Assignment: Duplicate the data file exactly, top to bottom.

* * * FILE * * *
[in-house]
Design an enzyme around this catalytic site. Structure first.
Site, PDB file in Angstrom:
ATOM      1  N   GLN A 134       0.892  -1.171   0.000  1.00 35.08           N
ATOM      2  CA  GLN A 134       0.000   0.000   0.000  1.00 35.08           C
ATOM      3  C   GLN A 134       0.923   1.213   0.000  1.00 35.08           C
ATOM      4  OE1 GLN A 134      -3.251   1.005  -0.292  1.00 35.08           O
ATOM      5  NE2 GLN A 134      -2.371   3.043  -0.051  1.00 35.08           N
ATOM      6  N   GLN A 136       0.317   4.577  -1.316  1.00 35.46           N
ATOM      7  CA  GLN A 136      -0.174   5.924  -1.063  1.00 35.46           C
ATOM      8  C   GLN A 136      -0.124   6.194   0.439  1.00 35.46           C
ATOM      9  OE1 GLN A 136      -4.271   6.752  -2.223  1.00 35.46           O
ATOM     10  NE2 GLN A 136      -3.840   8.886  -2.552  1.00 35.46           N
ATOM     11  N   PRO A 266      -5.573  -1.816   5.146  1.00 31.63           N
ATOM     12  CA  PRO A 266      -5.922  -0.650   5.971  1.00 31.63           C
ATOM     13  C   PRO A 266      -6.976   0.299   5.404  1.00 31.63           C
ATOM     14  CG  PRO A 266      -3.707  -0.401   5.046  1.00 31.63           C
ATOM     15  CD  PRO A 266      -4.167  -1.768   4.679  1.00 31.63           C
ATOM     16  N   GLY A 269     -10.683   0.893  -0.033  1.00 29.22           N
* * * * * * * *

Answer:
[in-house]
Design an enzyme around this catalytic site. Structure first.
Site, PDB file in Angstrom:
ATOM      1  N   GLN A 134       0.892  -1.171   0.000  1.00 35.08           N
ATOM      2  CA  GLN A 134       0.000   0.000   0.000  1.00 35.08           C
ATOM      3  C   GLN A 134       0.923   1.213   0.000  1.00 35.08           C
ATOM      4  OE1 GLN A 134      -3.251   1.005  -0.292  1.00 35.08           O
ATOM      5  NE2 GLN A 134      -2.371   3.043  -0.051  1.00 35.08           N
ATOM      6  N   GLN A 136       0.317   4.577  -1.316  1.00 35.46           N
ATOM      7  CA  GLN A 136      -0.174   5.924  -1.063  1.00 35.46           C
ATOM      8  C   GLN A 136      -0.124   6.194   0.439  1.00 35.46           C
ATOM      9  OE1 GLN A 136      -4.271   6.752  -2.223  1.00 35.46           O
ATOM     10  NE2 GLN A 136      -3.840   8.886  -2.552  1.00 35.46           N
ATOM     11  N   PRO A 266      -5.573  -1.816   5.146  1.00 31.63           N
ATOM     12  CA  PRO A 266      -5.922  -0.650   5.971  1.00 31.63           C
ATOM     13  C   PRO A 266      -6.976   0.299   5.404  1.00 31.63           C
ATOM     14  CG  PRO A 266      -3.707  -0.401   5.046  1.00 31.63           C
ATOM     15  CD  PRO A 266      -4.167  -1.768   4.679  1.00 31.63           C
ATOM     16  N   GLY A 269     -10.683   0.893  -0.033  1.00 29.22           N